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Tom Verducci
October 11, 1999
In an American League MVP race almost too close to call, one candidate stands out with an accomplishment unmatched in the majors in 61 years
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October 11, 1999

Photo Finish

In an American League MVP race almost too close to call, one candidate stands out with an accomplishment unmatched in the majors in 61 years

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YEAR

PLAYER, TEAM

W-L

ERA

GS

IP

BB

SO

MVP FINISH (WINNER)

1963

Sandy Koufax, Dodgers

25-5

1.88

40

311

58

306

1

1965

Sandy Koufax, Dodgers

26-8

2.04

41

335.2

71

382

2 (Willie Mays, Giants)

1966

Sandy Koufax, Dodgers

27-9

1.73

41

323

77

317

2 (Roberto Clemente, Pirates)

1966

Juan Marichal, Giants

25-6

2.23

36

307.1

36

222

6 (Clemente)

1968

Bob Gibson, Cardinals

22-9

1.12

34

304.2

62

268

1

1968

Denny McLain, Tigers

31-6

1.96

41

336

63

280

1

1971

Vida Blue, A's

24-8

1.82

39

312

88

301

1

1972

Steve Carlton, Phillies

27-10

1.97

41

346.1

87

310

5 (Johnny Bench, Reds)

1978

Ron Guidry, Yankees

25-3

1.74

35

273.2

72

248

2 (Jim Rice, Red Sox)

1985

Dwight Gooden, Mcts

24-4

1.53

35

276.2

69

268

4 (Willie McGee, Cardinals)

1995

Greg Maddux, Braves

19-2

1.63

28

209.2

23

181

3 (Barry Larkin, Reds)

1999

Pedro Martinez, Red Sox

23-4

2.07

29

213.1

37

313

?

For 131 of the Boston Red Sox' 162 games this season, their ace righthander, Pedro Martinez, could be found in the dugout, usually wearing sneakers instead of spikes, his tongue flying about as fiercely as one of his mischievous fastballs. He had as much chance of getting into the game as a beer vendor. One night his teammates got so tired of Martinez's lounge act that they taped him to a dugout pole and then slapped a strip of adhesive over his mouth. "We're trying to focus, so we want him out of the dugout most of the time," says Boston third baseman John Valentin. "Sometimes it's good when he cuts up like that. But there are times when you want to go, 'Get the f—- out of here.' "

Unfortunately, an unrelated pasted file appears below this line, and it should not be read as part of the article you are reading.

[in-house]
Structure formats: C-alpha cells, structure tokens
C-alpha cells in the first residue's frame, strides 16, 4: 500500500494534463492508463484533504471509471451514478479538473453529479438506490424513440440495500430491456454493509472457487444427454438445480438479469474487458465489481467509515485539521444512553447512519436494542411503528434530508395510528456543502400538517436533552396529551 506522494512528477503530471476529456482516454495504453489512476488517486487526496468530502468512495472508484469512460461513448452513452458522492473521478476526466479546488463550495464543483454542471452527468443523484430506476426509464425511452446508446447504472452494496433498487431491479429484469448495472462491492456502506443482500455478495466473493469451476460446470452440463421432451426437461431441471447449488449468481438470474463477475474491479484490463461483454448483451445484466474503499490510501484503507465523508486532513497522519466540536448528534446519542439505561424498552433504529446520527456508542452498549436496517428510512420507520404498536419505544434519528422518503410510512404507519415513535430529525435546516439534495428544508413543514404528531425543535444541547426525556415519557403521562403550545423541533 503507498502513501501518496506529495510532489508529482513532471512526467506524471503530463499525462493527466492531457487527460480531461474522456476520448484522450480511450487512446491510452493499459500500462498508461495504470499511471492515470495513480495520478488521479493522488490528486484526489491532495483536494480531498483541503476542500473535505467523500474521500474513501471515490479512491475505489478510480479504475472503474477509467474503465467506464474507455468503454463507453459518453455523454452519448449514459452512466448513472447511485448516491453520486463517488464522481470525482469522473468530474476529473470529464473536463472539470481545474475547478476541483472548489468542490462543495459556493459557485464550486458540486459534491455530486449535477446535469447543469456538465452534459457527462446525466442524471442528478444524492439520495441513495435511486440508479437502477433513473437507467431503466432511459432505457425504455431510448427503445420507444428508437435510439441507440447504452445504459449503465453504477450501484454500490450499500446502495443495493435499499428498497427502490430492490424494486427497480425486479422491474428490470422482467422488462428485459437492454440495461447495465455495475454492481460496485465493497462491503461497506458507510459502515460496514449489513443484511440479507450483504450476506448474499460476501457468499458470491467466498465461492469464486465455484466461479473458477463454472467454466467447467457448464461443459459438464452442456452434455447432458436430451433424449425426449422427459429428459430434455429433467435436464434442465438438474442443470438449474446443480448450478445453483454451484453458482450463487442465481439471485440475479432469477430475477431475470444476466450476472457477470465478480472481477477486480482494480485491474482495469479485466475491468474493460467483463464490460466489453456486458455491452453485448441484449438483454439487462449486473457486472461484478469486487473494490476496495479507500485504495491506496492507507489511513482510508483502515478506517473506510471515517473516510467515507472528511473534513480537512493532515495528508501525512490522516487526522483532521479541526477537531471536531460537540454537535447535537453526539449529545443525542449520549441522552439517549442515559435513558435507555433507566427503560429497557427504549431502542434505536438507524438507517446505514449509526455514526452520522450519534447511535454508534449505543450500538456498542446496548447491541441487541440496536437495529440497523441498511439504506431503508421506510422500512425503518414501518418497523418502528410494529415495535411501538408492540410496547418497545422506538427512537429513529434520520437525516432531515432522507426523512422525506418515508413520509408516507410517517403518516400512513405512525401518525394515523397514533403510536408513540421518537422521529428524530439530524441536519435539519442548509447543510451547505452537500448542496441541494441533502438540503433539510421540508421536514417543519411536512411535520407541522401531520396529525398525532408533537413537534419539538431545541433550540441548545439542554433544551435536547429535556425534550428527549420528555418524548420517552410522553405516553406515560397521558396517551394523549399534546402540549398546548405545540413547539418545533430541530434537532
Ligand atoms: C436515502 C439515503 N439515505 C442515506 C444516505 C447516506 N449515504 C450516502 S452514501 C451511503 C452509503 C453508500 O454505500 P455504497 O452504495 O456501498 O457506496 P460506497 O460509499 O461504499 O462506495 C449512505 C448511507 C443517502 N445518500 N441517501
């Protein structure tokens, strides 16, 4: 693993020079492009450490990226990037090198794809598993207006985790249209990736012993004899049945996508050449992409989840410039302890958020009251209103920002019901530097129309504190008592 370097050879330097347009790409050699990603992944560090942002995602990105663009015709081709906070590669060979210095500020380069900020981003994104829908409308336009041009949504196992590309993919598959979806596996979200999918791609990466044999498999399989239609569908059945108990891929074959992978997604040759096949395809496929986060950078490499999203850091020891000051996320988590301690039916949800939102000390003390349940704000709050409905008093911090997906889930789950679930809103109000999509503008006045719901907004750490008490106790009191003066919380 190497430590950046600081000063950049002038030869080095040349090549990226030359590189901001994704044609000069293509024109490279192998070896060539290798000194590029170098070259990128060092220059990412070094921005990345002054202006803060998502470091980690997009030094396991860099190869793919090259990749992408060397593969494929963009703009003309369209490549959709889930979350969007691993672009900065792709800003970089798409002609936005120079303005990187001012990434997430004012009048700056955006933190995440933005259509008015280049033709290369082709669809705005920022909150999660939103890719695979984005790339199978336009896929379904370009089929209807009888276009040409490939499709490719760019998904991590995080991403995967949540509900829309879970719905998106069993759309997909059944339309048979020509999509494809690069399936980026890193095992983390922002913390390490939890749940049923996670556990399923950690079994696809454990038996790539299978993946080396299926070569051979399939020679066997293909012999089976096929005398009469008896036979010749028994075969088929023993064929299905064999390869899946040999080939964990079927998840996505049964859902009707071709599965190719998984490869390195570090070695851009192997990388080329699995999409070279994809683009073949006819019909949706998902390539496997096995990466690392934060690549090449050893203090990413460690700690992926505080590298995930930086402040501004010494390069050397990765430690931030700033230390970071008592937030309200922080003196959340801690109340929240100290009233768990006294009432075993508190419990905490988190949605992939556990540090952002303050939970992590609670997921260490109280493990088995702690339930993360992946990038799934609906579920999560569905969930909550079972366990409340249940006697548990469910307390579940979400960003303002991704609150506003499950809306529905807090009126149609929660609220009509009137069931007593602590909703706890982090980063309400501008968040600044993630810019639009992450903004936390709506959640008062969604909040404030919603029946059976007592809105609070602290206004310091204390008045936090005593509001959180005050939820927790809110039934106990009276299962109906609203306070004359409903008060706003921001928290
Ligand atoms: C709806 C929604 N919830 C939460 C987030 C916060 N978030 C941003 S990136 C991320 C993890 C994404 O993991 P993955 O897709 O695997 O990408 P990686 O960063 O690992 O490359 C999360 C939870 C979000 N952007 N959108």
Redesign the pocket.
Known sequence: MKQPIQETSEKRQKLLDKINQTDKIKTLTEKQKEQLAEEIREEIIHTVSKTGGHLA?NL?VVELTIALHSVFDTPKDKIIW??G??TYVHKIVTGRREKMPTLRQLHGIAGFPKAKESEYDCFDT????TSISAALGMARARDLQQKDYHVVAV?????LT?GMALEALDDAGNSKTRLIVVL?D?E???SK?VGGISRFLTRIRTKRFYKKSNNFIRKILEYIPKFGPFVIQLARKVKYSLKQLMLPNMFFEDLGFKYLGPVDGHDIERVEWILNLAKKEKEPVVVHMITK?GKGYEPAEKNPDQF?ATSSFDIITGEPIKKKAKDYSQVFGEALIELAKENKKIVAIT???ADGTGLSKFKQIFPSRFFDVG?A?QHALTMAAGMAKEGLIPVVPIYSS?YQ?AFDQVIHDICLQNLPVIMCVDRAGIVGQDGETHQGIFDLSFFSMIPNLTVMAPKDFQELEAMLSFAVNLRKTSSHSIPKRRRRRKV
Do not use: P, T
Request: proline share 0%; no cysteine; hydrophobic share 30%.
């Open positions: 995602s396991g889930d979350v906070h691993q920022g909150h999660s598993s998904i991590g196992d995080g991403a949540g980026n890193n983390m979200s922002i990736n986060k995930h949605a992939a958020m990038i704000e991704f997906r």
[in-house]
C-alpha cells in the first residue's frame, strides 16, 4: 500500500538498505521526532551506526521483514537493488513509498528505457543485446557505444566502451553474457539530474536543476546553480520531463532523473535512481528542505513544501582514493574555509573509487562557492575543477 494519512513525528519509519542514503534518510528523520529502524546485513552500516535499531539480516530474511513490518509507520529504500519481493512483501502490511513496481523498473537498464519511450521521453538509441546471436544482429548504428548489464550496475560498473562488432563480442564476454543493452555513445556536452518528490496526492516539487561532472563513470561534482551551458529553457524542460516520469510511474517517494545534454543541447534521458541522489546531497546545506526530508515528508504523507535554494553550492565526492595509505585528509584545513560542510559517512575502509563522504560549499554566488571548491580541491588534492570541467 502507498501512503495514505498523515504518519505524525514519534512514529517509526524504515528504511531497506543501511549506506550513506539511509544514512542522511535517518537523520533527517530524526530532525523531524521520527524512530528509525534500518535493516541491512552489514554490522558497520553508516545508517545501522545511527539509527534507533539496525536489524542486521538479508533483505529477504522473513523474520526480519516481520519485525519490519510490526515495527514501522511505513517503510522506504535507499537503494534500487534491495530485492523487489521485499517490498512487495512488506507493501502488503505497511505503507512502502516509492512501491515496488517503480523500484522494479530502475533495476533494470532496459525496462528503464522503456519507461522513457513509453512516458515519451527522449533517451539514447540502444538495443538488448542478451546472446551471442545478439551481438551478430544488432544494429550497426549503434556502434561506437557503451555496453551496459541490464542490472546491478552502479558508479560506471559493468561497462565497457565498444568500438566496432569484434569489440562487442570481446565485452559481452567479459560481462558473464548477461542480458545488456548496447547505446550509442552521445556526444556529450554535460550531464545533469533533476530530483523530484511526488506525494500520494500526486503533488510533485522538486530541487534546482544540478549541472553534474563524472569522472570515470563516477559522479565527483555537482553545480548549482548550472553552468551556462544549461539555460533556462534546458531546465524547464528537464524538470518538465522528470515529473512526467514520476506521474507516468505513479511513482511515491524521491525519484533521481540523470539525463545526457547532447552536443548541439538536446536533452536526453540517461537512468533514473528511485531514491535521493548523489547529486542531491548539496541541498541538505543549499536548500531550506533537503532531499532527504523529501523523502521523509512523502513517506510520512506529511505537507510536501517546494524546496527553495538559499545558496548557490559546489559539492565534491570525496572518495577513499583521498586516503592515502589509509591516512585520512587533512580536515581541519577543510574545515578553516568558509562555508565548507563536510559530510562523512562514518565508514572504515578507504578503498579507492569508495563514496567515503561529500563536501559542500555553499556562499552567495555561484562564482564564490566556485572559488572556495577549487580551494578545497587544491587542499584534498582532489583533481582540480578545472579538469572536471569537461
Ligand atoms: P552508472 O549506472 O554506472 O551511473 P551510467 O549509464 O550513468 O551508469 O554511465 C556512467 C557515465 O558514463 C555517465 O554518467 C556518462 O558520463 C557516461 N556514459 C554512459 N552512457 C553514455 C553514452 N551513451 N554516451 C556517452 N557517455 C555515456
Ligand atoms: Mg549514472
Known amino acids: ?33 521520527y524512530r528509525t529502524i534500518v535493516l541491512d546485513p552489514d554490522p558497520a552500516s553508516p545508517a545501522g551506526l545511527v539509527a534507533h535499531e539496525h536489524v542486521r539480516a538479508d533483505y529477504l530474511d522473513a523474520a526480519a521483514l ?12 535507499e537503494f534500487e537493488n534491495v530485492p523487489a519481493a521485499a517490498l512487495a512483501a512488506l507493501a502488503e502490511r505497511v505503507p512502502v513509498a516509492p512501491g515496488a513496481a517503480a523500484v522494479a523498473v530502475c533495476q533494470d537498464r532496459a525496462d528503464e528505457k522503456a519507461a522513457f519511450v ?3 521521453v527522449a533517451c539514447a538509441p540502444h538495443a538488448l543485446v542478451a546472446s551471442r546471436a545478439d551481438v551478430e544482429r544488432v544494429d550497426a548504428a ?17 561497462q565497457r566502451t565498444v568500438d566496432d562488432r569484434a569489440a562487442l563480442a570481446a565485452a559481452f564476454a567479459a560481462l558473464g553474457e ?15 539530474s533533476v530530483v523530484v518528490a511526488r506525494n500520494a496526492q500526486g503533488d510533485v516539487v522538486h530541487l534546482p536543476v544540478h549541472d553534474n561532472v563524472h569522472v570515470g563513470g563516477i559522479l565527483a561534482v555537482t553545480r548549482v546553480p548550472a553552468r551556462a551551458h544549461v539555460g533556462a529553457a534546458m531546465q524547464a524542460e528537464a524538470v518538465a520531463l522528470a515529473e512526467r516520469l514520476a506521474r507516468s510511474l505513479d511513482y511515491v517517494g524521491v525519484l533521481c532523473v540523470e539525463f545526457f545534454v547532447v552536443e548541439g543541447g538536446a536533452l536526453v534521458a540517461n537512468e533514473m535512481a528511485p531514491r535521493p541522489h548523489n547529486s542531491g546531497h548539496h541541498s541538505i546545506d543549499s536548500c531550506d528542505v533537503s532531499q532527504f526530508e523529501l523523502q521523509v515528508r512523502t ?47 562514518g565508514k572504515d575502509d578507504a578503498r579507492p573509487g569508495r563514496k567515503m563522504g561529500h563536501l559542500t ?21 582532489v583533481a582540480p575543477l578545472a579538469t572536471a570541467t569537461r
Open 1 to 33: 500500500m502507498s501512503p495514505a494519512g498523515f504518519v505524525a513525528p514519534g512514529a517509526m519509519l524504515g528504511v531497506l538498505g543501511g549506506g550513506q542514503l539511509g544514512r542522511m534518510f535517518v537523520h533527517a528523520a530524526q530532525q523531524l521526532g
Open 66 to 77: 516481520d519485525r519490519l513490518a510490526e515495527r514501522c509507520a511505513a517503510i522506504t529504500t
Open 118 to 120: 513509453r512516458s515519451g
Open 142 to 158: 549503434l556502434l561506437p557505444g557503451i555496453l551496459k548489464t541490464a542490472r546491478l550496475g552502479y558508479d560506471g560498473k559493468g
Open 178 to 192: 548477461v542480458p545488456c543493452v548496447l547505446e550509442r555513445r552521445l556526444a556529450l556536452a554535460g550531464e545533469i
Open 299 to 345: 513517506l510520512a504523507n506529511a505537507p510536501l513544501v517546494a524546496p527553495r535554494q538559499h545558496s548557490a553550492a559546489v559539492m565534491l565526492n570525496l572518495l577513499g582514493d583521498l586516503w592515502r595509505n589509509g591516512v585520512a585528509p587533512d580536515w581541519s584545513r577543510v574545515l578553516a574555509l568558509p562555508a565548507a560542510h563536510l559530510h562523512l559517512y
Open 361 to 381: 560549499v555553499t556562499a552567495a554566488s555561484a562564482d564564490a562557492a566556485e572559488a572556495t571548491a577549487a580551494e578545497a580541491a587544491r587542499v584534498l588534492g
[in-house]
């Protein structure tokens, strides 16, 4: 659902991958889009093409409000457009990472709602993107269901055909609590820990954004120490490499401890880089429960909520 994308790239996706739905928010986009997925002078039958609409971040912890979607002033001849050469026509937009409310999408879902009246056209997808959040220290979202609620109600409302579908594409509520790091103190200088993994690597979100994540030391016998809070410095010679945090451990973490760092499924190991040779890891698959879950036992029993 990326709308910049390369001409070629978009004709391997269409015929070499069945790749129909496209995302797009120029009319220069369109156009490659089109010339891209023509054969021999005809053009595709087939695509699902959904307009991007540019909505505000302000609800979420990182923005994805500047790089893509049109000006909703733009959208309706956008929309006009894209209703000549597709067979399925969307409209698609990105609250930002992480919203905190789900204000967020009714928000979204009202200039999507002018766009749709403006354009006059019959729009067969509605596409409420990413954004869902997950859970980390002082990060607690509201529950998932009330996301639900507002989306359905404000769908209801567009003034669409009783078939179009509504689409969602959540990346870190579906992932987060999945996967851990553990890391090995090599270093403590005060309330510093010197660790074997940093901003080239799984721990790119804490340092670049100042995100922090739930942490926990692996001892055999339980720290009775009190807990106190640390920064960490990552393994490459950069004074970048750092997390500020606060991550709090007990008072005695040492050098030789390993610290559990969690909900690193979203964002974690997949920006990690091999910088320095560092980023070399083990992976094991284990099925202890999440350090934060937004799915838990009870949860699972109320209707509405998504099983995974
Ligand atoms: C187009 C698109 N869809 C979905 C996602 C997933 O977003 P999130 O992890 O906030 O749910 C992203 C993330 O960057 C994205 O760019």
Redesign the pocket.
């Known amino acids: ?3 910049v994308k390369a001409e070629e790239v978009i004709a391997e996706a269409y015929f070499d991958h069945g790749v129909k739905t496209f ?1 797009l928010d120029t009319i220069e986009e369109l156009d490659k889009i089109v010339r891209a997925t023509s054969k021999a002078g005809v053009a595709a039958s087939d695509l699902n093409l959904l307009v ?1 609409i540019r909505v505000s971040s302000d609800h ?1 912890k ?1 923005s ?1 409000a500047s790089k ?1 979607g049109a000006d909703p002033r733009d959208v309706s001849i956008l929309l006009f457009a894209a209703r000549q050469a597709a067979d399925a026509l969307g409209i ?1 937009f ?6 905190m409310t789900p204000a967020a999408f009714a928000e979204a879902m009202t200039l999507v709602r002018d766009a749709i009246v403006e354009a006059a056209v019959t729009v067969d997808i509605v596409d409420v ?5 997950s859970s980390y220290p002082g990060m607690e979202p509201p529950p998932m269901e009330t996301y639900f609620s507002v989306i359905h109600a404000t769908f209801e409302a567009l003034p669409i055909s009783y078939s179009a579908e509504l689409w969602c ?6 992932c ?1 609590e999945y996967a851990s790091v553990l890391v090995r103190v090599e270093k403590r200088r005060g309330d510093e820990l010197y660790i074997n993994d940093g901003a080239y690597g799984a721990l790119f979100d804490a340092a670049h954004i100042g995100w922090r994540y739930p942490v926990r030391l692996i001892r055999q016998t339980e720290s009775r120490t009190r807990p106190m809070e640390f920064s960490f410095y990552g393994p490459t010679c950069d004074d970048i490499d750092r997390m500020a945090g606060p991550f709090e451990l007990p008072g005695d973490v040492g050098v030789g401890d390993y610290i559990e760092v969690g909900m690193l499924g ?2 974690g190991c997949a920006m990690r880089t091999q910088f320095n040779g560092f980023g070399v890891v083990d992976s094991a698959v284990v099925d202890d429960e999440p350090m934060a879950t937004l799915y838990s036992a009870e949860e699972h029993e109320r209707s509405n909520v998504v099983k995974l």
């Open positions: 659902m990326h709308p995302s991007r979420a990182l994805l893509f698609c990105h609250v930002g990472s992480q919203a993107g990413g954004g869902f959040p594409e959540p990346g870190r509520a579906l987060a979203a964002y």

Elsewhere on those four of every five nights in which the idle Martinez was auditioning for the Catskills, Texas Rangers catcher Ivan Rodriguez might have been taking another foul ball off his cup, New York Yankees shortstop Derek Jeter and Cleveland Indians second baseman Roberto Alomar were probably gobbling up grounders and zipping around the bases, and Cleveland right-fielder Manny Ramirez was continuing to drive more people home than Greyhound. Of course, on the 31 occasions Martinez did ascend the mound, he slung the ball with an astonishing efficiency that, when measured against his contemporaries, has never before been seen in the game. His 2.07 ERA was 2.79 better than that of his league, an unprecedented gap.

The Most Valuable Player award has always seemed to be an invention by Rorschach, but never more so than this year in the American League. (Because Chipper Jones of the Atlanta Braves is such a clear-cut choice in the National League, no ink blots need be consulted there this year.) The 28 baseball writers (two from each city in the American League) who submitted their ballots before the playoffs began this week had no fewer than seven worthy candidates to consider for their personalized interpretation of most valuable. None of those could-be MVPs represented more of a beguiling blot of confusion than Martinez, who was either such an all-powerful force for the Red Sox that he helped them win games even in his sneakers or a Milton Berle with too much time on his hands.